Safeguarding Children’s Privacy in a Digital World

Friday, June 23rd, 2023 3:00 pm

Tips for parents related to "sharenting."

By Nate Fish, Founder of Footprint

Last week, my wife gave birth to a baby girl. I filmed the whole thing and basically haven’t stopped. Only a week into her life, my camera roll is quickly filling with images of her sleeping, crying, feeding, dreaming, her first time outside, her first time meeting her cousins, her first time at the doctor. The question is, what to do with all this content? Share it all? Hide it all? How do I package it up and not let my phone turn into a bottomless pit of fits and firsts?

I am one of the few parents who has an answer to this burning question. Years ago, long before we had our little girl, when my niece and nephew were born, I did what a lot of families do. I started email accounts to send photos and videos and messages for the kids to have when they’re older. That simple act over many years turned into what is now my professional pursuit in life, my startup, my other baby, Footprint.

Footprint is a mobile app for families to store and share important information for their kids in a safe, private place, then give it to them later as a gift. Since last week, for the first time as a parent and not as a founder, I am using Footprint. There are 28 members in her account, letters from family, slideshows of my wife’s bump growing one week at a time, and of her labor, and, of course, pictures and videos of our baby’s first week. It’s pretty great. We get to share all the content with family, organize it, and know one day our daughter will receive it all as a gift. But that’s not really what I am here to talk about, to brag that the app does all the things you’d want it to do. I am here to ask you one question…

If you were a kid today, would you want your parents sharing your content on social media, or would you want them to keep it private and give it to you one day to inherit and control yourself?

I wish I could say, all those years ago when I started working on Footprint, that I knew digital privacy for kids would be a mainstream issue heading into the 2024 presidential election, but the truth is, I didn’t. The various problems that come from your child’s face, birthdate, voice, school, home, and more being smattered about the internet had never even crossed my mind. I just wanted to make a cool gift for my niece and nephew. But the more I read and learned, the more I realized a generation of kids are growing up to be hurt and embarrassed, or worse, that their lives were overshared with strangers online, known as “sharenting”.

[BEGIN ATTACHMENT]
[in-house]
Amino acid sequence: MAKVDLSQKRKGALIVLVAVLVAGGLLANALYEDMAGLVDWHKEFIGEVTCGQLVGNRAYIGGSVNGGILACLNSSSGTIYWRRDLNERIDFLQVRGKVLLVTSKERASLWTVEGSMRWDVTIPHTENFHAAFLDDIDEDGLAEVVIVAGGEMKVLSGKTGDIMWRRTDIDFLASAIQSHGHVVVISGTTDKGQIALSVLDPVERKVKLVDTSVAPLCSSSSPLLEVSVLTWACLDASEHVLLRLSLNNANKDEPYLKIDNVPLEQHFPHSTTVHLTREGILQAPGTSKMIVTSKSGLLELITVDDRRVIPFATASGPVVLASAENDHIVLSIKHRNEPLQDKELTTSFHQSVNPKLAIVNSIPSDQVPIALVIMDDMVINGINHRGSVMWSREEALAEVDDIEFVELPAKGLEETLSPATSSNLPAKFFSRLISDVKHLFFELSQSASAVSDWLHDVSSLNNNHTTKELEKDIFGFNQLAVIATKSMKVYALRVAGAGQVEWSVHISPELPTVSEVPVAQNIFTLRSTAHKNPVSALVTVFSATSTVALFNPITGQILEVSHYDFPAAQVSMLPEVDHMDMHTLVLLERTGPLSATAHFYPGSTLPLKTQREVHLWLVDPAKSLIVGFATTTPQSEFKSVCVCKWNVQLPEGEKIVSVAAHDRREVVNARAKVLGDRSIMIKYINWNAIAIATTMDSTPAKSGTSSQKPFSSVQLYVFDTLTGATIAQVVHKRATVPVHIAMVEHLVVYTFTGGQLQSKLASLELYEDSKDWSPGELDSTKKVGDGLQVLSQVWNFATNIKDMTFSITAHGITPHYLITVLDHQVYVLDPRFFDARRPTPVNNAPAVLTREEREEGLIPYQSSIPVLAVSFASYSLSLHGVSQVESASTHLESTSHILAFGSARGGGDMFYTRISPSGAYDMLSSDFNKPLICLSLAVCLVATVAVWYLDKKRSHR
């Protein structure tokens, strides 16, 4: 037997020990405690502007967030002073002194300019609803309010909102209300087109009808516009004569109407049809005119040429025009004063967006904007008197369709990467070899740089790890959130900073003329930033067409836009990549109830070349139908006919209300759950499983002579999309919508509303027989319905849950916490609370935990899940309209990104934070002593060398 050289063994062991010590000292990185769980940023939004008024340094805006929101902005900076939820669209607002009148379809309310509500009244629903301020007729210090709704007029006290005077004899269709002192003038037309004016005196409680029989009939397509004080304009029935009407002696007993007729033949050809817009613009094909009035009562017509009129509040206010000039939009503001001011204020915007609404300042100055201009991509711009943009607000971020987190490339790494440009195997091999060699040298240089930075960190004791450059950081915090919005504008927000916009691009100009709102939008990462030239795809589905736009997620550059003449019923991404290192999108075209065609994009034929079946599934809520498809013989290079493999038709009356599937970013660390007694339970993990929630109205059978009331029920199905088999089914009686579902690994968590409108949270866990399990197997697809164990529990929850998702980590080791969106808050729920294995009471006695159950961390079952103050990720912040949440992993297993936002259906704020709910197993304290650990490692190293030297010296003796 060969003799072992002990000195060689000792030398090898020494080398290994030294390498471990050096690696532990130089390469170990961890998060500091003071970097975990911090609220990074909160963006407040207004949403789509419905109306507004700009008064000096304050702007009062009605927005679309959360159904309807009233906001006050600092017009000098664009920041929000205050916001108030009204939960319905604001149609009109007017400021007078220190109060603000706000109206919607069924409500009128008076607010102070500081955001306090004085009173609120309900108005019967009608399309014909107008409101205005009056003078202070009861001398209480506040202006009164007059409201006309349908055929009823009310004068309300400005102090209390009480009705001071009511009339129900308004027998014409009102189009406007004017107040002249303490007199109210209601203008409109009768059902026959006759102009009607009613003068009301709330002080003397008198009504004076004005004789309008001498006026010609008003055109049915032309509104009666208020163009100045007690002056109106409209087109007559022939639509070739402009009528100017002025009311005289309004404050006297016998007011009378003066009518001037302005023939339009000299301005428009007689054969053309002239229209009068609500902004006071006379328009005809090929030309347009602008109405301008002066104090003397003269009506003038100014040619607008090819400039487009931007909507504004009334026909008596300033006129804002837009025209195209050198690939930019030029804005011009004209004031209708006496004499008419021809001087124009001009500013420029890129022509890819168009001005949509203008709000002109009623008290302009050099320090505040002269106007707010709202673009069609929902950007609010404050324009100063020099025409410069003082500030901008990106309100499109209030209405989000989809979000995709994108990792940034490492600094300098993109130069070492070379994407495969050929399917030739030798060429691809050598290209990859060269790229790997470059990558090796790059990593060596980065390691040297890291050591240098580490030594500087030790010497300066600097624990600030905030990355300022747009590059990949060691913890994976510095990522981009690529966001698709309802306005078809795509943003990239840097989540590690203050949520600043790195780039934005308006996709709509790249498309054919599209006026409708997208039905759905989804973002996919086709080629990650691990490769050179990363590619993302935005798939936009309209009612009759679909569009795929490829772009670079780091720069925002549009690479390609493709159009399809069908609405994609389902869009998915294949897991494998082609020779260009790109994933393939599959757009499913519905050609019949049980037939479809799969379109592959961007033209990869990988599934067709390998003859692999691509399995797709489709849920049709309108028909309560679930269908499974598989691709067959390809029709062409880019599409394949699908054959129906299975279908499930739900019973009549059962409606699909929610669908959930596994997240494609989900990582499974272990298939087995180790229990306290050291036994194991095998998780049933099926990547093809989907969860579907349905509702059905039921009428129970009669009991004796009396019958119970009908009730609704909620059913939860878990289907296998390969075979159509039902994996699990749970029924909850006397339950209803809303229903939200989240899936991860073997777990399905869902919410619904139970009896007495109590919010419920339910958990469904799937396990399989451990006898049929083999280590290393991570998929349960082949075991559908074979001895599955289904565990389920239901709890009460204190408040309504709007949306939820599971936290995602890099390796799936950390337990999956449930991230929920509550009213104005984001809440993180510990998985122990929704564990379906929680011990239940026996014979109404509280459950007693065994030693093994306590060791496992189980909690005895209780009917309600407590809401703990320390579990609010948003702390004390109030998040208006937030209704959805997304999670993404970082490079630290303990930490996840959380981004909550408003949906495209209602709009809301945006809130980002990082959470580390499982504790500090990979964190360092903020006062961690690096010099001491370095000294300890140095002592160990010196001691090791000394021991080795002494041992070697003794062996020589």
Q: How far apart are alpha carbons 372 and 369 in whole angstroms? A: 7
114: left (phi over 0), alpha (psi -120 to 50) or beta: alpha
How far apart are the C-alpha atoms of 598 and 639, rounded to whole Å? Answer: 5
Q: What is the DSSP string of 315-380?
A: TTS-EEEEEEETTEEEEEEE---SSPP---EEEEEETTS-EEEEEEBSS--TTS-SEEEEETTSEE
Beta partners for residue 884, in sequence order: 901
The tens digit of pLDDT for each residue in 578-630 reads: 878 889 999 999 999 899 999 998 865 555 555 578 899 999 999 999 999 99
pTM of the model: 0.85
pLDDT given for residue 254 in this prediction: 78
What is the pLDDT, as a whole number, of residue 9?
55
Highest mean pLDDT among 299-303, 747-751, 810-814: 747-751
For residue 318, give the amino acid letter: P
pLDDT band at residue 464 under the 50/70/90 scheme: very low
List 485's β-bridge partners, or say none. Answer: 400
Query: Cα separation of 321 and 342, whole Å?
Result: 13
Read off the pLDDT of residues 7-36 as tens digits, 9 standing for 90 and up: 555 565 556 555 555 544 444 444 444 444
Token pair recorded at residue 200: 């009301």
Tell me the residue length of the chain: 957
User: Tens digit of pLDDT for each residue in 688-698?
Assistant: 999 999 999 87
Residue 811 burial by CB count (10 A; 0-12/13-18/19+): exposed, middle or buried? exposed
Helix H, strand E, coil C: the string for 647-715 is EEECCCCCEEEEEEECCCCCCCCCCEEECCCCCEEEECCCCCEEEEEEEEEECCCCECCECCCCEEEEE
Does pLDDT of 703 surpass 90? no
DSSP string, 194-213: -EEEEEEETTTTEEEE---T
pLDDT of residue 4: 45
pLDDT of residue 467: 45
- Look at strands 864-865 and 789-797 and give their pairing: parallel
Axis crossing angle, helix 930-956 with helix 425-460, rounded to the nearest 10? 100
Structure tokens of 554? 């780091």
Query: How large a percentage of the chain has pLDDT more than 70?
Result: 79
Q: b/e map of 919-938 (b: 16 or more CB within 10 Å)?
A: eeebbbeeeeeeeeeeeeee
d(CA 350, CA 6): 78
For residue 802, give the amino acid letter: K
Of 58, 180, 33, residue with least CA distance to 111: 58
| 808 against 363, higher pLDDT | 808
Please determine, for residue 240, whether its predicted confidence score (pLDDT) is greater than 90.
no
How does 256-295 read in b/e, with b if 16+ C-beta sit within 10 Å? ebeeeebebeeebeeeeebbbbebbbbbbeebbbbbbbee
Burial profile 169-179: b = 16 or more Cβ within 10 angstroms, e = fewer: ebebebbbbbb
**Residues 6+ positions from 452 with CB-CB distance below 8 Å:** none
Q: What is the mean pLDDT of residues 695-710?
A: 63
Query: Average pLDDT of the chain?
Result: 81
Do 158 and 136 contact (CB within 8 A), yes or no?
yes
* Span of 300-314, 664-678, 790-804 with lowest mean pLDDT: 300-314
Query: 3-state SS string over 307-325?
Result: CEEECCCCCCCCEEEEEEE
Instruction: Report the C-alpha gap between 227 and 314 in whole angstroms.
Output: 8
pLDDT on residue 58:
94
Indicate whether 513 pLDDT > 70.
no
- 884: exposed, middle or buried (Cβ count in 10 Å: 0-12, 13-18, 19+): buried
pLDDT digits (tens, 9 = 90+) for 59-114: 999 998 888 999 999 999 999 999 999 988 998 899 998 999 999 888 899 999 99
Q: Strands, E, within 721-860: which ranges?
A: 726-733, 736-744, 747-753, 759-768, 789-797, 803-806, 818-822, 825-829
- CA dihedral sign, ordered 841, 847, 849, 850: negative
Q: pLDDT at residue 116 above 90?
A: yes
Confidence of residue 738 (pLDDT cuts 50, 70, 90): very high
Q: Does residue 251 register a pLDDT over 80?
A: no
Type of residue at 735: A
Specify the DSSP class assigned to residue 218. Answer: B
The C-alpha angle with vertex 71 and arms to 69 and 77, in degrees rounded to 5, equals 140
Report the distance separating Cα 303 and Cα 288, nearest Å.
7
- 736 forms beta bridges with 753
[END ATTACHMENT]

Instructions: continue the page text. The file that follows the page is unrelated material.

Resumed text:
I get it. We are in love with and proud of our daughter. We want to share her with the world. And one very easy way to do that would be by posting her on social media. But because I know what I know, what more and more people are starting to realize, it’s just not a good idea. There are implications to sharing your kids’ information online that simply do not occur to us. By the time they’re old enough to start their own social media accounts or email addresses, there will be thousands of images of our kids online leaving an enduring trail of information about them for whoever wants it.

I wish this was all over-protective parental paranoia about the internet, but it’s not. In 2018, Braclays did a study that found by the year 2030, two-thirds of identity fraud cases will be a result of parents sharing their children’s information online. So here are some ways to keep kids’ information and identity safe.

  • When you post your kids on social media, don’t share too much information – avoid sharing, middle and last name, birthdate, medical conditions, where they go to school, or where you live.
  • Look for private solutions. Try to create a private group of caring people to share with so you get the excitement of documenting your childrens’ accomplishments without sharing with strangers. 
  • Talk about it. When the kids are old enough, start a conversation about media and technology. There should be an ongoing dialogue about what you want and what they are comfortable with so there is no conflict in the future. 
  • Assume the worst. It sounds horrible to say, but we know enough about the large tech platforms by now to know the terms and conditions are not in our favor. Before uploading images and sharing information, assume you are forfeiting rights to those images and that the companies can use them for whatever purposes they want.

And finally, 

  • Ask yourself THE question: “What would I want?” We have to remember, our kids have (or will have) their own lives. They deserve the agency to decide if and how they will use social media for themselves. If we were kids today, I think we would want the same consideration. 

Nate Fish is the founder and CEO of Footprint, a first-of-its-kind mobile app that allows families to store and share feelings, memories, and important information for their children, then give it to them later as a gift. In addition to his new role as a tech founder, Nate is the head coach of Team Israel which competed at the 2020 Tokyo Olympics, and has previously coached for the LA Dodgers. With a degree from New School University in New York with a focus on creative writing, he has also since founded the independent publishing company, Brick of Gold, and has published several magazine features and books, in addition to having had two solo exhibitions of visual art in New York City. 

Photo by Alexander Dummer on Unsplash

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